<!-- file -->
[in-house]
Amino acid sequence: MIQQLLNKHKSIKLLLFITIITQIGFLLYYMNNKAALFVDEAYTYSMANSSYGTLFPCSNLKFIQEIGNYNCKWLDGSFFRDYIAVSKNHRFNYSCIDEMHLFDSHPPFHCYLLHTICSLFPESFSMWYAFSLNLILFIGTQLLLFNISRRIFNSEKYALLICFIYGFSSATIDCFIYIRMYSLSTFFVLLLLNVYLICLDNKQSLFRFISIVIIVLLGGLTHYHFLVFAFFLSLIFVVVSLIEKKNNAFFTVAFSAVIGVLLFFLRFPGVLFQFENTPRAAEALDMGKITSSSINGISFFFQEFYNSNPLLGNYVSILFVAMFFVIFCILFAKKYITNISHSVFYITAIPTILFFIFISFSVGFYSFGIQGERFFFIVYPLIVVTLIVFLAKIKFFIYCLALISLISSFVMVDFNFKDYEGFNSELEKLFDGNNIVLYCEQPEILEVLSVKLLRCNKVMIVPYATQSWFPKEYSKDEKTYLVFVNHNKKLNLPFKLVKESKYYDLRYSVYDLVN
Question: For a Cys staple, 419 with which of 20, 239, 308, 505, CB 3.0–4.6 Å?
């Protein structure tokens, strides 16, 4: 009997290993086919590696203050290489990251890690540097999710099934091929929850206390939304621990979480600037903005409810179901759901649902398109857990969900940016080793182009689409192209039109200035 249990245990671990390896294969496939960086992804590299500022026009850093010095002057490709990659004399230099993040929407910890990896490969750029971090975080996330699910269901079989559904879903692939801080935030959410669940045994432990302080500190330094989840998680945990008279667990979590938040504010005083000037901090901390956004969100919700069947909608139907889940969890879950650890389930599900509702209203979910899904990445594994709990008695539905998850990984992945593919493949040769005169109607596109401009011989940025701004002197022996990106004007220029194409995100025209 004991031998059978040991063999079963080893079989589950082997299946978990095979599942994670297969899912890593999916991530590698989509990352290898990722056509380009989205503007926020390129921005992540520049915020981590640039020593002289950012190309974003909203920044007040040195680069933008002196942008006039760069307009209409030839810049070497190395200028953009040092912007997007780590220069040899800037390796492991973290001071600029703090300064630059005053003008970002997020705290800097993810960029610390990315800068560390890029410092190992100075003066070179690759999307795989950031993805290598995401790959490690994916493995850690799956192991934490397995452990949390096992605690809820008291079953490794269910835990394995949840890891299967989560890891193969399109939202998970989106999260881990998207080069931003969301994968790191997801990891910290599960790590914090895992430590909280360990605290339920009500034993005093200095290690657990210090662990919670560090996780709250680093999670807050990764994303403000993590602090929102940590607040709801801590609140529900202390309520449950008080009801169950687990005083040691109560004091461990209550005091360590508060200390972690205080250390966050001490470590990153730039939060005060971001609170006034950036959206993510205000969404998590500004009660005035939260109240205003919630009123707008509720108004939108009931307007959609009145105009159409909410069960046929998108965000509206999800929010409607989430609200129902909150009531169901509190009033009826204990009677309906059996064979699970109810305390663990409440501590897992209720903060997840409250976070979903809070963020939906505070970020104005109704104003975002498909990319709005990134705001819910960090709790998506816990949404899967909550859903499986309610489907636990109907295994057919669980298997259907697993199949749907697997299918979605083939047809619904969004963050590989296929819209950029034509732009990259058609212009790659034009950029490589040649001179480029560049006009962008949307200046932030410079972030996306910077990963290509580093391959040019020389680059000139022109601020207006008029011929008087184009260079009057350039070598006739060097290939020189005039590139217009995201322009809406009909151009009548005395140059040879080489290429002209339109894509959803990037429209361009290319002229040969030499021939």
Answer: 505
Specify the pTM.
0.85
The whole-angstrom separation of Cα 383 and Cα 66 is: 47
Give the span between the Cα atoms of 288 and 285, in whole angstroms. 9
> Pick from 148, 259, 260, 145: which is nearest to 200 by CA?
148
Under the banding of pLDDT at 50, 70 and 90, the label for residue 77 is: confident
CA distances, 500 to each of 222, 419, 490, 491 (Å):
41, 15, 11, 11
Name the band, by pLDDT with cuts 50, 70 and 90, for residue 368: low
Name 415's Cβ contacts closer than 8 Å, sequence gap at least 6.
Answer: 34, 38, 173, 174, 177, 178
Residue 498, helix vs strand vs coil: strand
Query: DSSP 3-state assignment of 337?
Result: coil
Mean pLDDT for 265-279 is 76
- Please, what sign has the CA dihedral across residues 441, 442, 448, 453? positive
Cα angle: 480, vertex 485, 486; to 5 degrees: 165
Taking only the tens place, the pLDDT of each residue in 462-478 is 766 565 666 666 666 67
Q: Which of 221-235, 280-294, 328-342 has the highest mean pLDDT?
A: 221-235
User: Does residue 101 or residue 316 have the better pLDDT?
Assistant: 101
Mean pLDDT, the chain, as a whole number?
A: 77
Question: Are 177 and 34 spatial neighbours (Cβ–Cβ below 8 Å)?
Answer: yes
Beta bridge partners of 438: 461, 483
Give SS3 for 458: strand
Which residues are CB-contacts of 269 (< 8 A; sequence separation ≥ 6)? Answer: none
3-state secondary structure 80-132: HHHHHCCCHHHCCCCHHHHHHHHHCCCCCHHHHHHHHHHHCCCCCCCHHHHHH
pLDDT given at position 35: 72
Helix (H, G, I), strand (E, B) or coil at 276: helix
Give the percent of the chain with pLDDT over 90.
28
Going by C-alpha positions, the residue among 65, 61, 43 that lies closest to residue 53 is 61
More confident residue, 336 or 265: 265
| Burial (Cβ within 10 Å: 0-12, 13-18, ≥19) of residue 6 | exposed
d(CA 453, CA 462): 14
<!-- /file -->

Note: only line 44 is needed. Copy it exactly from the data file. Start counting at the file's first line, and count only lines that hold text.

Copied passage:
d(CA 453, CA 462): 14